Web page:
In I, Me, Mine, George Harrison wrote he had been able to draw attention to the events in Bangladesh. While they were preparing for the concert, America was sending arms to Pakistan. Thousands were dying every day, but the newspapers were very cursory in their coverage. The concert managed to attract a lot of attention. George said he met Bangladeshi waiters occasionally in various restaurants and they would tell him how much it meant to know that people in the outside world were thinking of them while they fought in the jungles.

Bob Dylan and George Harrison were crowd pullers at the concert. Harrison sang eight songs. One was with Bob Dylan. Bob Dylan sang five songs. Ringo Starr and Billy Preston sang one song each. Leon Russel sang one solo and one with Don Preston.

George HarrisonThe last song of the concert was that unforgettable number by George Harrison, ‘Bangladesh, Bangladesh’. The song was written by Harrison and he composed the music too. It was a call to the people of the world to stand by the people of Bangladesh. The lyrics touched a deep chord: “It’s something we can’t neglect/It’s something I can’t neglect/Now won’t you give some bread to get the starving fed/We’ve got to relieve Bangla Desh.” He sang the song loud and clear, with a deep humanitarian appeal echoing throughout. The song still invigorates us today.

After this concert, so many have followed, concerts to generate funds for various humanitarian causes worldwide. But this particular concert of 40 long years ago stands apart from all others.

In 2005 the DVD version of the Concert for Bangladesh album was brought out. This set of two DVDs is still available. One disc has the entire concert, the other contains interviews of the artistes and those involved in the concert, behind-the-scene happenings, rehearsal pictures and songs. Procedures from the sales of these DVDs go the the George Harrison Fund for UNICEF. In the DVD Ravi Shankar says this Madison Square Garden concert was the most memorable of all the concerts during his 75 years of musical performances.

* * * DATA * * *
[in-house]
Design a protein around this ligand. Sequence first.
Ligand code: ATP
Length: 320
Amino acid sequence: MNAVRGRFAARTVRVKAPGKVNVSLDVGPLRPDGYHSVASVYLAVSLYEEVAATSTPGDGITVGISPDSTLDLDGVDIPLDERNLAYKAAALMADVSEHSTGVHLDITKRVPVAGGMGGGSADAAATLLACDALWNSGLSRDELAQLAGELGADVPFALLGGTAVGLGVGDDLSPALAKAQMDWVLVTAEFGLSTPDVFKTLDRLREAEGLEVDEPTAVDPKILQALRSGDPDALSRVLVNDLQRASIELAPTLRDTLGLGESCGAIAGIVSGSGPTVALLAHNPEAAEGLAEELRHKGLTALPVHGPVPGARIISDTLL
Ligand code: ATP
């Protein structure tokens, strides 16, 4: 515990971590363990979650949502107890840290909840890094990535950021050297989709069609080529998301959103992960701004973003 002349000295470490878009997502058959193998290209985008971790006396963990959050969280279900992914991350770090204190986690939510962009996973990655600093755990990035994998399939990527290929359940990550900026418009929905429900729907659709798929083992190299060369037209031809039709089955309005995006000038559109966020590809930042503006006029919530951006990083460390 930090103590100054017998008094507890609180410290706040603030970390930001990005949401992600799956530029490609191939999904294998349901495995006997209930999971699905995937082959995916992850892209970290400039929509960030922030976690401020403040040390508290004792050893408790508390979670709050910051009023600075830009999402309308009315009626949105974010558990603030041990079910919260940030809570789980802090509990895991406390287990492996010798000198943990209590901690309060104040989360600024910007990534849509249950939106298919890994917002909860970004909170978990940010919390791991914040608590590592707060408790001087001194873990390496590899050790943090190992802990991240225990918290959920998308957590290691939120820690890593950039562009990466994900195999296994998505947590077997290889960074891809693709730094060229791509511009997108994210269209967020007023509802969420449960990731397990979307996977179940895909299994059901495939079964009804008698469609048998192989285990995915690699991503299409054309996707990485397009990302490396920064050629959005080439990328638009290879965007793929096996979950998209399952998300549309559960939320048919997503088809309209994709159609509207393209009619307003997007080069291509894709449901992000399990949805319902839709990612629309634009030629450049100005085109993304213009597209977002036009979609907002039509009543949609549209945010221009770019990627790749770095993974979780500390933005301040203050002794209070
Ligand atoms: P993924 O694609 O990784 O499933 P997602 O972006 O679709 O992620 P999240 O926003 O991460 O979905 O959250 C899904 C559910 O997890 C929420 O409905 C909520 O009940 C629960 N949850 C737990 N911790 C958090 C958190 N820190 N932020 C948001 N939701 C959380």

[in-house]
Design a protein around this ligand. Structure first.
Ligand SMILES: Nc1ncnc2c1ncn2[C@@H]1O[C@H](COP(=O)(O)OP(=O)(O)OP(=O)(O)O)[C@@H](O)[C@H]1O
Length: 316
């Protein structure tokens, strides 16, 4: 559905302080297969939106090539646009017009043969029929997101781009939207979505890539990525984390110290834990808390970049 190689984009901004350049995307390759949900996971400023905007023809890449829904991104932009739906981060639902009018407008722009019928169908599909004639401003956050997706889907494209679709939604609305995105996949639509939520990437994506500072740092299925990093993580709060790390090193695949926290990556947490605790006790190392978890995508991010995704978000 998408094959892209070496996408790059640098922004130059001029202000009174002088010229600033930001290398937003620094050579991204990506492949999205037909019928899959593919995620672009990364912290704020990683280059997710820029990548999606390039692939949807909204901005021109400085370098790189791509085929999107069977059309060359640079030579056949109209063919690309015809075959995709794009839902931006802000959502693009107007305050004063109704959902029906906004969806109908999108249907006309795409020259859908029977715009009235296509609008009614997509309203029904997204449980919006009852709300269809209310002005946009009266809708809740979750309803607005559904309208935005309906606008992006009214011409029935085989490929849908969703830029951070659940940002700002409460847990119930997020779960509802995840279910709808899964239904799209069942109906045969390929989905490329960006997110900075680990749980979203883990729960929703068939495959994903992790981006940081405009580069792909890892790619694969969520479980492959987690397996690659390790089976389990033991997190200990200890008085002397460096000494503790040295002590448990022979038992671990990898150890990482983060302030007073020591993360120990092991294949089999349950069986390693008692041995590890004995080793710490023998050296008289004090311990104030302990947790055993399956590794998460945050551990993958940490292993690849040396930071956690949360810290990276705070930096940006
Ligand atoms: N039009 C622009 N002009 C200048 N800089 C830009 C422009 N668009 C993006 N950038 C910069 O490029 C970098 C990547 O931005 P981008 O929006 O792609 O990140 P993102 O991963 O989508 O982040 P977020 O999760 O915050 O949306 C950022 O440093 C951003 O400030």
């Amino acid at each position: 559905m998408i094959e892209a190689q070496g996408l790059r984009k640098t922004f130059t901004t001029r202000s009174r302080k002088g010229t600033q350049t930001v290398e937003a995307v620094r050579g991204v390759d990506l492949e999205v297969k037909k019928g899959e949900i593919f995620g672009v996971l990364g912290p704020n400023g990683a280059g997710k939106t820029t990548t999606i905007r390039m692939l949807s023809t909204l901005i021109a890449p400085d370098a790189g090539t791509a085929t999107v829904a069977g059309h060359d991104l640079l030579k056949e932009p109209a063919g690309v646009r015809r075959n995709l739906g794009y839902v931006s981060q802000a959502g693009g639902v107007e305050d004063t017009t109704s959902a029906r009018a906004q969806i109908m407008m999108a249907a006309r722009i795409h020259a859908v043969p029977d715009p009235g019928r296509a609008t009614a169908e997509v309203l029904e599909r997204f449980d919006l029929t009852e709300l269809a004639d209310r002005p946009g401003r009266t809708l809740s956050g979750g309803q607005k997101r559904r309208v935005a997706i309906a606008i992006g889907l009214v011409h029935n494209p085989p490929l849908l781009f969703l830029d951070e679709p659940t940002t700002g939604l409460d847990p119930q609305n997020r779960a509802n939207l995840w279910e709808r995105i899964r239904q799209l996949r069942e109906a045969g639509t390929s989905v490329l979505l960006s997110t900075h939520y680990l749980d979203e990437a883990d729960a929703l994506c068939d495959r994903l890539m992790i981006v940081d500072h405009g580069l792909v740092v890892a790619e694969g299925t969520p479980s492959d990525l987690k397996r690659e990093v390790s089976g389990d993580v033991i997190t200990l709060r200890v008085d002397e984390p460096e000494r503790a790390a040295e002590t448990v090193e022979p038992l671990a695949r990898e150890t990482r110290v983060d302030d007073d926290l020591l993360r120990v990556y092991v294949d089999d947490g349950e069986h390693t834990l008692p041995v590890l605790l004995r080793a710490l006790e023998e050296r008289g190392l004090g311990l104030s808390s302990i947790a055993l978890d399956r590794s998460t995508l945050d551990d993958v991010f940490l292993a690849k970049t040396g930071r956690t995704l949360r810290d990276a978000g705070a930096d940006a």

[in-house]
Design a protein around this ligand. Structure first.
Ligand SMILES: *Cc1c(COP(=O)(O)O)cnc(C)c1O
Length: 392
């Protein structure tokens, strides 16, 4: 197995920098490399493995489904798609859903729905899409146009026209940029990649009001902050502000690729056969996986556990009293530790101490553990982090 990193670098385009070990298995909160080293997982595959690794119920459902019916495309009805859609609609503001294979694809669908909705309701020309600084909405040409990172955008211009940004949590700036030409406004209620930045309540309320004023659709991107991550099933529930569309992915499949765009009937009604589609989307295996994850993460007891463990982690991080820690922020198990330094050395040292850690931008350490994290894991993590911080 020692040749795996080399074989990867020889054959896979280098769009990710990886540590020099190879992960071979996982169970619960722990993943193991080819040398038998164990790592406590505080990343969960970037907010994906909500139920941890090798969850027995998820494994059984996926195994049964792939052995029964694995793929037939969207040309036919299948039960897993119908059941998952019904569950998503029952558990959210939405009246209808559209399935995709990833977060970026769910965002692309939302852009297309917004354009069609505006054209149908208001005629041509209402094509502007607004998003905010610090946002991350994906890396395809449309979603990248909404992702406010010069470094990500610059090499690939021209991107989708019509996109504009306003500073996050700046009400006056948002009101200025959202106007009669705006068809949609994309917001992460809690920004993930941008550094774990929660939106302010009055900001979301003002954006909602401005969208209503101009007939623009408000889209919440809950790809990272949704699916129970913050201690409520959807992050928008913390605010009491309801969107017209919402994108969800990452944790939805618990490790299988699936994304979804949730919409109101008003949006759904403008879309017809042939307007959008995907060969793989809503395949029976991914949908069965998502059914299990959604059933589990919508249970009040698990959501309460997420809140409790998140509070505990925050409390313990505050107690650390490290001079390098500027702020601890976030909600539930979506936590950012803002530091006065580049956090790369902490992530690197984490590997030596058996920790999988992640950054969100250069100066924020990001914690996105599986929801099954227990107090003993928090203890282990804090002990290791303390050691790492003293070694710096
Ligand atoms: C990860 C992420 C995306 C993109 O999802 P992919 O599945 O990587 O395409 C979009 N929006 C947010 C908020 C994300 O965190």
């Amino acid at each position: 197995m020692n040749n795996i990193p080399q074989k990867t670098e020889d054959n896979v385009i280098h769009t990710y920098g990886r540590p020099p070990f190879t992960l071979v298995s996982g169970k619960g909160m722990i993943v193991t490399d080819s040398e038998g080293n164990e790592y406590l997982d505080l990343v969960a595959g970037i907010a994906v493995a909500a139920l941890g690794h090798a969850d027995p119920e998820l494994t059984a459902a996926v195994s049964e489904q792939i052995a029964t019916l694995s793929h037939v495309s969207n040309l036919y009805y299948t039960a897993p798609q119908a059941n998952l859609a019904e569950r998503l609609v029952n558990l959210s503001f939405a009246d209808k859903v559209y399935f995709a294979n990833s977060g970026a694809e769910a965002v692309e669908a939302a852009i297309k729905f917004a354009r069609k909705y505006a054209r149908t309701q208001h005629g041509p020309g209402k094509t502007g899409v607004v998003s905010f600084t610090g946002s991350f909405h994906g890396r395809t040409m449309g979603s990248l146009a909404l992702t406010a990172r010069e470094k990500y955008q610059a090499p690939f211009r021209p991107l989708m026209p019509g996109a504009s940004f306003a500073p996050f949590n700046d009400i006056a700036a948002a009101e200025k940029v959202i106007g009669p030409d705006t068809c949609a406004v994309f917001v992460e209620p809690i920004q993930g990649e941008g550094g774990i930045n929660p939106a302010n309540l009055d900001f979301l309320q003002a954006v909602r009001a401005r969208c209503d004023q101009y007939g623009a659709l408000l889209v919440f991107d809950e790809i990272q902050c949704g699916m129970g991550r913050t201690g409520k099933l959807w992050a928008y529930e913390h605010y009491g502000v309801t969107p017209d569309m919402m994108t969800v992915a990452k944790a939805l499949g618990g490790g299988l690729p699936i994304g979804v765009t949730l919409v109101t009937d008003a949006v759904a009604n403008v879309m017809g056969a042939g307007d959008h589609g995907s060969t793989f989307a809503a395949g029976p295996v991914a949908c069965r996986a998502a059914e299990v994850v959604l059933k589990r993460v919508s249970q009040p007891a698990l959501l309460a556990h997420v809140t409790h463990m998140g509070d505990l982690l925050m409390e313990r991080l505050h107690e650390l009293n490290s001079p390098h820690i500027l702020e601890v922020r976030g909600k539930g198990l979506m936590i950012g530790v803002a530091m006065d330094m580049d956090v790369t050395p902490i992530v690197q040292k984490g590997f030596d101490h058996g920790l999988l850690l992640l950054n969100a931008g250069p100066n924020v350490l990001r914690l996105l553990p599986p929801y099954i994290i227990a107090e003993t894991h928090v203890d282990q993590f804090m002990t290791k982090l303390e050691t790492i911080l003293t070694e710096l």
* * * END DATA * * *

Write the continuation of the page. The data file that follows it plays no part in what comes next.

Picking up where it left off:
In the booklet accompanying the Concert for Bangladesh DVD, USA Fund for UNICEF president Charles J Lyons wrote that about 250 thousand dollars had been collected during that concert. The earnings shot up dramatically with the launch of an album of three records in December 1971 and a film on the concert in March 1972. The proceedings generated in the following decades went to the children’s welfare fund of UNICEF.

No wonder our interests and enthusiasm never fades for Ravi Shankar, George Harrison and the others artistes of that concert. They remain a source of endless inspiration. Every time we see and hear this concert, we are overwhelmed with emotions like the very first time.

Olivia Harrison is one of the main founders of the George Harrison Fund for UNICEF. She came on a three-day visit to Dhaka in 2011 to see the work being carried out by this organisation with UNICEF help. She saw certain programmes for poor children in and outside Dhaka. Certain programmes for children in Chittagong Hill Tracts are also being run with George Harrison’s funds.  Olivia has had talks with UNICEF about boat schools for the children in Sylhet’s marshlands and Chittagong Hill Tracts. This was her first visit to Bangladesh. Over the years she has carried on the legacy of her husband’s humanitarian deeds and Bangladesh’s children are benefitted from this too. That is how Pundit Ravi Shankar, George Harrison and the Concert for Bangladesh remain active in Bangladesh down till today.